Sunday, September 29, 2013

While We Worry about our District, Congress Twiddles its Thumbs

I'm sure most children have no idea what is happening in Congress but I expect that they will feel the ramifications - short and long-term - in their lives.  And who gets hit the hardest if the government shuts down?  You better believe it's those who need the most help.

Update:  From The Answer Sheet at the Washington Post, here's what happens to public education if the government shuts down.  From the DOE:

A protracted delay in Department obligations and payments beyond one week would severely curtail the cash flow to school districts, colleges and universities, and vocational rehabilitation agencies that depend on the Department’s funds to support their services.  For example, many school districts receive more than 20 percent of their funds from Department-funded programs.

Here's a helpful chart (show it to the kids) from the NY Times on how this could all play out in the next 48 hours.

An interesting op-ed at CNN by local writer/thinker, Eric Lui, on the rise of cities because of more decisive mayoral leadership (whether good or bad) and the failure of Congress to do - their - jobs.

One reason is that we've all become inured to the utter dysfunction of Washington. But another is that Washington matters less every day. Even though the shenanigans of congressional Republicans make for a perfect negative civics lesson -- Don't do this in real life, kids -- in cities all across the country civic innovation is flowering, and everyday citizens are becoming newly empowered.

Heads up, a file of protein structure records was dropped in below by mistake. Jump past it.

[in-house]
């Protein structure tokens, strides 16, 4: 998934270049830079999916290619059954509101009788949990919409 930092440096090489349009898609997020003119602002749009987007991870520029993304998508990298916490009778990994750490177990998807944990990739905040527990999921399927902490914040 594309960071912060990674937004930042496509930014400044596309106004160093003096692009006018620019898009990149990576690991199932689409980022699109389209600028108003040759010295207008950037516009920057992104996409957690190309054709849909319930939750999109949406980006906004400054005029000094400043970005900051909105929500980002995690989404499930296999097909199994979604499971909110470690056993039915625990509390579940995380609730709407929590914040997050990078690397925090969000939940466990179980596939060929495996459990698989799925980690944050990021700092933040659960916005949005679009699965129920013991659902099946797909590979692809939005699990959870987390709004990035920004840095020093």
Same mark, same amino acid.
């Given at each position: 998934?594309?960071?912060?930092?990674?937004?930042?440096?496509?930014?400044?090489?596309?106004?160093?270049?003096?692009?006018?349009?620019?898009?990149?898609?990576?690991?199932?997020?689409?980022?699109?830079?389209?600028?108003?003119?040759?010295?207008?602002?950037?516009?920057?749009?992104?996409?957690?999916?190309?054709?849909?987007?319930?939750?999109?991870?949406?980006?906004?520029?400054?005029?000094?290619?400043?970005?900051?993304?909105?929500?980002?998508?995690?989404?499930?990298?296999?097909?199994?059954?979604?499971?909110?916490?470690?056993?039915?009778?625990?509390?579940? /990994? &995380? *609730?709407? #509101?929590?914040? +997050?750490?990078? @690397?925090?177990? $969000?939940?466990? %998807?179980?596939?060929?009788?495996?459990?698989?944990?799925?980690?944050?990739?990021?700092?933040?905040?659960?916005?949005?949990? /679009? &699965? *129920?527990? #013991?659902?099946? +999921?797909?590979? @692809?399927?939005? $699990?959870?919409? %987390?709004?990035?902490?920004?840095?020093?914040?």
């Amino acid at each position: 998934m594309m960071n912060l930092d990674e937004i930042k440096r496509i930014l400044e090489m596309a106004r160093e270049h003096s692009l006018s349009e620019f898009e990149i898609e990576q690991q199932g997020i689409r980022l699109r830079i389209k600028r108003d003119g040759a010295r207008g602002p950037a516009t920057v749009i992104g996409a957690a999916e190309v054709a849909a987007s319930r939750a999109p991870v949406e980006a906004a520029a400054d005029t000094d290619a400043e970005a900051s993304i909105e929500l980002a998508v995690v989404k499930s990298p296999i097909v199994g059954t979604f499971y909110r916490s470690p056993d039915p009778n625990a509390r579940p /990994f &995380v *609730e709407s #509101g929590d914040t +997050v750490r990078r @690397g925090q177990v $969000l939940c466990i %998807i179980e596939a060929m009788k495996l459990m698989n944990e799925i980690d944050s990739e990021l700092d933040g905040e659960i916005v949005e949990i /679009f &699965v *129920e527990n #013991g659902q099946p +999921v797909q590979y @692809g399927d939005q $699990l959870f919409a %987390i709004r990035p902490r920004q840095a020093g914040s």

While our federal government has tied itself in partisan knots, cities are showing the way forward.

The localism of our time -- and you see it in how people eat, work, move, buy, sell, grow, share, create -- is a networked localism.

The challenge of this era is to enable every citizen to think more like a mayor -- pragmatically, oriented toward solutions, willing to experiment, eager and be shameless about borrowing great ideas from other people in other places.

Thinking like this is one reason I'm an activist.  We live in a city where citizens matter (not always and not always on the big things) but you can be heard.

And all this over wanting healthcare for all Americans (again, whether you like Obamacare or not, it is the law, it is a first effort and everyone should have health coverage).

Since it's the last episode of Breaking Bad, a one-minute Canadian version.   It's very funny.

No comments: